SpotOn London is back for a one day conference on Saturday, November 5th at Wellcome Collection. The event is jointly held by BioMed Central, Digital Science and the Wellcome Trust. It is part of a series of community events aimed at researchers, science communicators, and anyone interested in science policy.

Creating a domino effect: what can we all do, however small, to make research more open and reproducible?

Issues related to research transparency and reproducibility are becoming increasingly recognized for their importance in communicating and conducting research. However, practices by most academics could be improved.

Open Sourcing Our Exporter

and 1 collaborator

A common workflow in submitting scientific work to a peer-reviewed venue, such as a journal or conference, is to adhere to specially provided submission guidelines. To many this story is painfully familiar: your document must satisfy a long enumeration of requirements, including an official citation style, font face, margin and font sizes, single- or multi-column, frontmatter arrangements, ... The list goes on.

The work on styling a finished document alone is known to take anywhere from a day to a week, irrespective of which tool you used - Word and LaTeX users alike had to sweat it out. What makes this situation a nightmare rather than an annoyance, however, is that more often than not a manuscript is rejected and needs to be resubmitted to a different venue, where this tedious procedure needs to be repeated from scratch. And that process can repeat for several iterations. As academics are urged to publish their work as quickly and often as possible, this type of friction accumulates.

Essay Contest: How has social media enhanced your research? 

Social media is generally discouraged in science today. A recent article, "I'm a serious academic, not a professional Instagrammer" castigated scholars with active online social lives. Most advisors won't ask you to "tweet out our paper" or "write a blog post about our findings" and it's likely that you'd close Twitter or Reddit if your colleague or advisor walked by. Some conferences have taken it so far as to enforce a "no tweeting" policy. But social networking is here to stay and will likely become even more integrated into our lives and research.

The Value of Ignorance in Science 

and 3 collaborators

Last Thursday, September 22nd, we held our 5th New York open science meetup (#opensciencenyc). Science journalists, Columbia faculty members, and enthusiasts from our open science meetup group came out to hear Dr. Stuart Firestein talk about ignorance in scientific research and why it is necessary and valuable (yes, you read that right).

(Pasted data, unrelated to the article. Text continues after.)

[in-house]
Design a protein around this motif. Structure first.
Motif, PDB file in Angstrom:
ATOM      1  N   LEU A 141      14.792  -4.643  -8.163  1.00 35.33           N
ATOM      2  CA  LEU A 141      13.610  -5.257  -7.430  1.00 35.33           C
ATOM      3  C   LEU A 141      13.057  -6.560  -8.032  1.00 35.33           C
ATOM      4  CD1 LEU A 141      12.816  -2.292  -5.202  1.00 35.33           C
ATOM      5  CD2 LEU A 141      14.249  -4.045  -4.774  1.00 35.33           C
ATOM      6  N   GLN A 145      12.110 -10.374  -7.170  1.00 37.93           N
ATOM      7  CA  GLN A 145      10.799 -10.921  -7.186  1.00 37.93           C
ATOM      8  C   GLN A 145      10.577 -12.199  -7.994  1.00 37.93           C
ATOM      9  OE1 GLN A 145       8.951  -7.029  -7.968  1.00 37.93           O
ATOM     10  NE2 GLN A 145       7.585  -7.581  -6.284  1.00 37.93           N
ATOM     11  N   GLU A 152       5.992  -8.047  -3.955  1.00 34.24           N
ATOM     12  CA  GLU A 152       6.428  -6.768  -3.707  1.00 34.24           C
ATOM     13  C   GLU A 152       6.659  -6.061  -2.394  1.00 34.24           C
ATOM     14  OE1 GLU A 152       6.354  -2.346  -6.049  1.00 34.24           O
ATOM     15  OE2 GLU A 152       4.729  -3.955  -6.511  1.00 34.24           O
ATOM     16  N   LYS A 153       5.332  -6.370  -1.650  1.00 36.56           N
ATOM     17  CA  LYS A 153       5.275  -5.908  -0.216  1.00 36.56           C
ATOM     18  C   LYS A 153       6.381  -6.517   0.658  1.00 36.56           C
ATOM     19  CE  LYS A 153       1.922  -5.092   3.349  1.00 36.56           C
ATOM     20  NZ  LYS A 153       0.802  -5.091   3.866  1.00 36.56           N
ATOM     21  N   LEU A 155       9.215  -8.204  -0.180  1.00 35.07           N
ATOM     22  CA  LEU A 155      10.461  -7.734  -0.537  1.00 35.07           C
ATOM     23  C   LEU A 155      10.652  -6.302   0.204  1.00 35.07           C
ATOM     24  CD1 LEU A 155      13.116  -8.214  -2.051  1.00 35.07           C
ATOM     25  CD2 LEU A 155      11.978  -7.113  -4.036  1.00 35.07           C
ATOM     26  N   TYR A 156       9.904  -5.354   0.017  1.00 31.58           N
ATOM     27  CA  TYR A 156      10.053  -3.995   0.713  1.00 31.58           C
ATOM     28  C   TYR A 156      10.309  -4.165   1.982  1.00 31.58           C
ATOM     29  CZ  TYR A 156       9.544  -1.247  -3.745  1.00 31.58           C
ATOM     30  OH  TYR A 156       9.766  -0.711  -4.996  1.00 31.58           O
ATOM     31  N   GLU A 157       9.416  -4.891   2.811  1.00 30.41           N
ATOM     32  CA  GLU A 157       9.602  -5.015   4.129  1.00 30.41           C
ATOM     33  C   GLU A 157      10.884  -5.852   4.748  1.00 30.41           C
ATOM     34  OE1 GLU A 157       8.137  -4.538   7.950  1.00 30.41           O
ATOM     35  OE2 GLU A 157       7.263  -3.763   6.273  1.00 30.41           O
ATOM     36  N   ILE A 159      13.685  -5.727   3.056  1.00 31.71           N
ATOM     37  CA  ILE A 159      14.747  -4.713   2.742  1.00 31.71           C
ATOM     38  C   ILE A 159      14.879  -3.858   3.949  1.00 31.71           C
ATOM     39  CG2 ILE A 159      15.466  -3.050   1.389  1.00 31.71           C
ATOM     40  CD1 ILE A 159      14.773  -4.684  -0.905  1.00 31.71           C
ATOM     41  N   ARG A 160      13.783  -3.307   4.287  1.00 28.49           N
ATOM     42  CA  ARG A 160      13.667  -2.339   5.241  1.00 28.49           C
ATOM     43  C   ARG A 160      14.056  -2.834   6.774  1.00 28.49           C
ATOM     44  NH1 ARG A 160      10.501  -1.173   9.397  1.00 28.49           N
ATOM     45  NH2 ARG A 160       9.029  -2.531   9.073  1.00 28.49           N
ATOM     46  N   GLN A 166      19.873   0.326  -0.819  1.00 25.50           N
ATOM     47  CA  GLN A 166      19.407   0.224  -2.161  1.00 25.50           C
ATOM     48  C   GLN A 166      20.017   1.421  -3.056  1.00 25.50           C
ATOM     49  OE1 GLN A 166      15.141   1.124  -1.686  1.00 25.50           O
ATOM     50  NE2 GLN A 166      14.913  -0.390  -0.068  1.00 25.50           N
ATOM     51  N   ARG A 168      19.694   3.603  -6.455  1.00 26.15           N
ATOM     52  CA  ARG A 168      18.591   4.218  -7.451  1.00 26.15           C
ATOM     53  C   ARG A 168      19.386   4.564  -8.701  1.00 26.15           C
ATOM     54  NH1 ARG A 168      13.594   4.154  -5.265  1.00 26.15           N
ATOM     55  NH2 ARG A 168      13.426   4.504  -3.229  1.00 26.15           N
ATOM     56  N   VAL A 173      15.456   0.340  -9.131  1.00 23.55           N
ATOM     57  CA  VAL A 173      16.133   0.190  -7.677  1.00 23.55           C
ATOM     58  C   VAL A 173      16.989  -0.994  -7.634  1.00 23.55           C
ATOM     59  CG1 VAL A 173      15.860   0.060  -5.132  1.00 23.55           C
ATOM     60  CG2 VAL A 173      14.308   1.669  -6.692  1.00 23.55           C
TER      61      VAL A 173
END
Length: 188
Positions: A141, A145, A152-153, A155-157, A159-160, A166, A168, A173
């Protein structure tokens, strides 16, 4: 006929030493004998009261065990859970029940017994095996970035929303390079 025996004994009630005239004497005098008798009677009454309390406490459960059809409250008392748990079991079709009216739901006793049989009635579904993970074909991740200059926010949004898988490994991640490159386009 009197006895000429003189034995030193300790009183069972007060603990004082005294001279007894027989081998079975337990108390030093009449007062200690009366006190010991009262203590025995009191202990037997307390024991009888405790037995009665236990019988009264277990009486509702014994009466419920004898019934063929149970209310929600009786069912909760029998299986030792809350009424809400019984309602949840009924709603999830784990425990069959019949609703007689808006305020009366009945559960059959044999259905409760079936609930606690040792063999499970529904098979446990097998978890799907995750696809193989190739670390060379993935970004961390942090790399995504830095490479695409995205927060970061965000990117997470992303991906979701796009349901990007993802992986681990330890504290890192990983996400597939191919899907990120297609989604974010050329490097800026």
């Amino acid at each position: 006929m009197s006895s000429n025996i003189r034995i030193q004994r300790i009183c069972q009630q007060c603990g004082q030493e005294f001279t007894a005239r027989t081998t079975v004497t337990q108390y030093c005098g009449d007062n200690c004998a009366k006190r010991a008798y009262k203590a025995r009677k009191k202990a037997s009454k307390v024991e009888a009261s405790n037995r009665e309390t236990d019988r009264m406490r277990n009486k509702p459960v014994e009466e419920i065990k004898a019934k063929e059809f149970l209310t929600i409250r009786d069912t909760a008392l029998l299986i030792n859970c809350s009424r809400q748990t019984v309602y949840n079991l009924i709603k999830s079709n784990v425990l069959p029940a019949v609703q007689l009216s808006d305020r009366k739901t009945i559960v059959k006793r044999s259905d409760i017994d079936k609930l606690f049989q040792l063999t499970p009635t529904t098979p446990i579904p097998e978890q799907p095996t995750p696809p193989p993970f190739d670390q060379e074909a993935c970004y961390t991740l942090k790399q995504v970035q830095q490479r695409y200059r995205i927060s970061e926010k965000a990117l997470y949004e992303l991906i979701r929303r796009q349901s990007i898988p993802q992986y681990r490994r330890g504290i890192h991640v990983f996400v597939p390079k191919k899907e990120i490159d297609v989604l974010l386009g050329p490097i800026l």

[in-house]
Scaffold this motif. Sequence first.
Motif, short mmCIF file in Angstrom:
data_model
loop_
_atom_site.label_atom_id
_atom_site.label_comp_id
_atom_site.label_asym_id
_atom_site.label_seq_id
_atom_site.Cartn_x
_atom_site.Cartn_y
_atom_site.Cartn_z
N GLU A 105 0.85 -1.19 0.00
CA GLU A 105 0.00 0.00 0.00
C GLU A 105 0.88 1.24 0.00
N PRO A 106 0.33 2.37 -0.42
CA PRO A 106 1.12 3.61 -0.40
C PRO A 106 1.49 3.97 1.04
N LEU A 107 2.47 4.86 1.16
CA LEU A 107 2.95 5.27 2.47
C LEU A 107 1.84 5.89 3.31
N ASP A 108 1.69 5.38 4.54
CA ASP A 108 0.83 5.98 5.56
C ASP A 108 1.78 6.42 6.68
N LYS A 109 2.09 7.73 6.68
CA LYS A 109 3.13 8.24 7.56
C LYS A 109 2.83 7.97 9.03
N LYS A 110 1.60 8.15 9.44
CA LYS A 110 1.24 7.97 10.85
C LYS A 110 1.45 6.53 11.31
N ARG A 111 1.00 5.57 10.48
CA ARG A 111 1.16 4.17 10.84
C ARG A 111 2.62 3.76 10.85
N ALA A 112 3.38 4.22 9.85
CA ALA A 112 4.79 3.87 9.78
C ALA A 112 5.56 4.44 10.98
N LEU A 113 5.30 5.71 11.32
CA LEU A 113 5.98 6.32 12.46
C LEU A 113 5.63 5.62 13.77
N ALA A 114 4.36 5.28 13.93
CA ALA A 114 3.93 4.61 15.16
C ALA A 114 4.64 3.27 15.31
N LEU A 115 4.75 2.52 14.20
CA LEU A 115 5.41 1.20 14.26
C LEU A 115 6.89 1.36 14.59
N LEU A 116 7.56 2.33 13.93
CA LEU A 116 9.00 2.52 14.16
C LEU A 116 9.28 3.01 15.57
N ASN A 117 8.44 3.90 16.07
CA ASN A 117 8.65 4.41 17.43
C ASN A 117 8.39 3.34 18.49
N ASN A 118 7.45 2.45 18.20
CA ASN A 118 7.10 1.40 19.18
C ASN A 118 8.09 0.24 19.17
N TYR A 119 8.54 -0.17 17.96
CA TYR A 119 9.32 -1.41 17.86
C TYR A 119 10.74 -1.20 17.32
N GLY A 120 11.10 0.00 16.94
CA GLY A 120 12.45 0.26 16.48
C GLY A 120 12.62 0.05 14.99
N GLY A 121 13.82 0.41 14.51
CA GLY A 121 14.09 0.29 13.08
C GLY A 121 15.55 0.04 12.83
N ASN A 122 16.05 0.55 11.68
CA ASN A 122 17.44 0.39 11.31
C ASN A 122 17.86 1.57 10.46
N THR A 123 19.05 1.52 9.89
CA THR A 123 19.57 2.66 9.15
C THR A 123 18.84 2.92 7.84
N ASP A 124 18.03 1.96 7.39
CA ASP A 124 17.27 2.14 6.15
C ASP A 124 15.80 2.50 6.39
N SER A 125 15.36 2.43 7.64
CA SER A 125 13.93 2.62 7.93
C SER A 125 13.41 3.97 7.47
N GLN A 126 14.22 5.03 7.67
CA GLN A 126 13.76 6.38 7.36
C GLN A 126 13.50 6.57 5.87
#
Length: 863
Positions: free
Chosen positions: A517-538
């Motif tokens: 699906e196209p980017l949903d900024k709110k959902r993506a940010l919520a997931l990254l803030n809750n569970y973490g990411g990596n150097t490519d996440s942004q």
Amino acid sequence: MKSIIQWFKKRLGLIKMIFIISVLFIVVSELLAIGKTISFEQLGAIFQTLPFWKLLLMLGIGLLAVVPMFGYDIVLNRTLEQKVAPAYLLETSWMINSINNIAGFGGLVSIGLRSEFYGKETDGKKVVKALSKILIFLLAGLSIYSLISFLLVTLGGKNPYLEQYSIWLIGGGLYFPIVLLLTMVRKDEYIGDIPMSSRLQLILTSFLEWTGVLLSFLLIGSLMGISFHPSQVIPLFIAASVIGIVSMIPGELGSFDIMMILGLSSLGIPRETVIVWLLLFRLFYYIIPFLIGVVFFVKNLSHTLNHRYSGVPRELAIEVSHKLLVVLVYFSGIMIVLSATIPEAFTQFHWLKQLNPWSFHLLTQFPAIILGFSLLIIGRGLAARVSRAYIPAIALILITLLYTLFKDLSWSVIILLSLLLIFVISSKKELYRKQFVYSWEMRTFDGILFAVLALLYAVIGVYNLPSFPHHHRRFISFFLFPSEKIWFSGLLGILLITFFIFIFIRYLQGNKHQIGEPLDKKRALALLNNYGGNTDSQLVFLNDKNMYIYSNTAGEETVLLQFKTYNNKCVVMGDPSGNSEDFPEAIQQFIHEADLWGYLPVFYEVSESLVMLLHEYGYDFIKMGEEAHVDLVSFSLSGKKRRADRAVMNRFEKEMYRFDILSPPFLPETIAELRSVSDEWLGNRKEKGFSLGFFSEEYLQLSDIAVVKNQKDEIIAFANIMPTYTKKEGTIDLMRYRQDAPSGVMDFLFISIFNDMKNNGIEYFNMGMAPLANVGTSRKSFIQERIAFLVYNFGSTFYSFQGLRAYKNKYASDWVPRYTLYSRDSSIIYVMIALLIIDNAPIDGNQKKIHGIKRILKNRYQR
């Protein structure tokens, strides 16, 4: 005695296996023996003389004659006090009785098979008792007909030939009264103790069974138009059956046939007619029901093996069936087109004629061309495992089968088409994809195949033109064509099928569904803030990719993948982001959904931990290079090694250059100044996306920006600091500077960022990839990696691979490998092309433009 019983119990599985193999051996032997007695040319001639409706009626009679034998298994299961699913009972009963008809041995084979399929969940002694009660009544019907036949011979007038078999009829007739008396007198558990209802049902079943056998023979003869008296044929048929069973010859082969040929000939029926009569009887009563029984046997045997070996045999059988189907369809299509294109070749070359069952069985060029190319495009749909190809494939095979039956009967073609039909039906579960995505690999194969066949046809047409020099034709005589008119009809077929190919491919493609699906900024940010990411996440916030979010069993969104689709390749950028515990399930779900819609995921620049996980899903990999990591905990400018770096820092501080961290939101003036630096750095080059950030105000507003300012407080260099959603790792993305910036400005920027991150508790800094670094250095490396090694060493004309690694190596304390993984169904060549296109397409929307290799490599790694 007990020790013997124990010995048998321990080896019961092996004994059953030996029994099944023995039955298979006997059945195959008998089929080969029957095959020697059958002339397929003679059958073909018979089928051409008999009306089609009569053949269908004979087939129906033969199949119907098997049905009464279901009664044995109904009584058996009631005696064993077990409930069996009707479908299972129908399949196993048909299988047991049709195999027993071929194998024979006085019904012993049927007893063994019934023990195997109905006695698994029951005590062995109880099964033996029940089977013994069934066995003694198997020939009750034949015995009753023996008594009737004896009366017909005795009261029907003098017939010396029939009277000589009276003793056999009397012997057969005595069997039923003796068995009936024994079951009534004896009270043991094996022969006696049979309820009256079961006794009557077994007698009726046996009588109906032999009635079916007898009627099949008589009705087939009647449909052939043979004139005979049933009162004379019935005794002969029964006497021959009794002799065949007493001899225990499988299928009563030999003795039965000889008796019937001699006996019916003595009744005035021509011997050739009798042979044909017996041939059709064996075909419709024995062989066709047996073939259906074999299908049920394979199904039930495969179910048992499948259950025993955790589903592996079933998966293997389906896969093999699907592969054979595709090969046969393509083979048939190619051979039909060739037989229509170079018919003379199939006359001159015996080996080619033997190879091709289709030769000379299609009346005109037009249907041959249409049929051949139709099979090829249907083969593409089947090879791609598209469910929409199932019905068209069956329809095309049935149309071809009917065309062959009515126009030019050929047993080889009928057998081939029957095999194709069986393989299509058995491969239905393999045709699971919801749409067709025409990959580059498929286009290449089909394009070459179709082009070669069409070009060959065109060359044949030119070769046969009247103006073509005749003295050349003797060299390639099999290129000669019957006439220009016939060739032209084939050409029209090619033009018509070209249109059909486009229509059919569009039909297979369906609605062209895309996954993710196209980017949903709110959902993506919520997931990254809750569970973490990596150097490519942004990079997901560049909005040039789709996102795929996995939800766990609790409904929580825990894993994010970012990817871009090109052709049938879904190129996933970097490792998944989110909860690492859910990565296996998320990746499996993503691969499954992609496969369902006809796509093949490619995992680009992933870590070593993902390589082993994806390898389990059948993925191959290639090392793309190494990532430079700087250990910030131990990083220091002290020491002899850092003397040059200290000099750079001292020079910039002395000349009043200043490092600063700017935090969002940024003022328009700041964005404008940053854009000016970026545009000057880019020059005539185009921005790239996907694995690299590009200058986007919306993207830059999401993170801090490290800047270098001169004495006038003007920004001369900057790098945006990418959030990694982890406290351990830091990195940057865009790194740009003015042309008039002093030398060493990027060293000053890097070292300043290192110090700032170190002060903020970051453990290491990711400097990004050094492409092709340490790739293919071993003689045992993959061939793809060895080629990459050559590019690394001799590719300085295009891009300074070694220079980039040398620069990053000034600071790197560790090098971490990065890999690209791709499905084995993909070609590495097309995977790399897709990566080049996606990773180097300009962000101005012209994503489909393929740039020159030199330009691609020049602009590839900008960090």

Reinventing Peer Review

Peer review is arguably necessary for effective communication amongst researchers.  Authors, editors, and the public rely on peer review to ensure a first measure of trust in scientific communication.  While peer review is considered to be integral in scholarly communication by most, its shortcomings are becoming evident. Former editor of JAMA and NEJM Drummond Rennie once said, "if peer review was a drug it would never be allowed onto the market." Is this true? Does peer review, as it is done today, cause more harm than good?

Do the right thing: 11 Courageous Retractions

and 3 collaborators

Retraction Watch is a blog that tracks retractions in science -- and it's probably a site you never want your research to be on. To many, retracting your work means that you've committed fraud, and in most cases can be the end of a researcher's career. However, that's not always the case: in fact, retracting your work for the right reasons can even be good for your career and good for science (Lu 2013). Retraction Watch highlights cases where scientists did not retract their work due to fraud, but rather because it was "the right thing."  Here we take the opportunity to further highlight these pieces and the courageous scientists that did the right thing despite an enormous stigma.

We believe the future of scholarly communication will be more dynamic than it is today. By definition, this will require more corrections and retractions.  Authorea was built to show the full history of a document, from creation to final publication. We allow annotations of the literature and believe that a more dynamic and robust form of communication is the future -- it's what we're building. Join us!

6 Publisher Policies Antithetical to Research

and 3 collaborators

How researchers communicate with one another and the world has changed very little over the last 350 years. Attempts to improve the process have been implemented throughout the years, not all of which have been to the benefit of research. Here we highlight some policies implemented by various publishers that we believe are antithetical to research communication and what we're doing to try to fix them.

65 out of the 100 most cited papers are paywalled.      

and 1 collaborator

The web was built specifically to share research papers amongst scientists. Despite this being the first goal of the modern web, most research is still published behind a paywall. We have recently highlighted famous math papers that reside behind a paywall as well as ten papers that have achieved a near rockstar status in research and the public. Here we systematically look at the top one hundred cited papers of all time and find that 65% of these papers are not open. Stated another way, the world’s most important research is inaccessible from the majority of the world.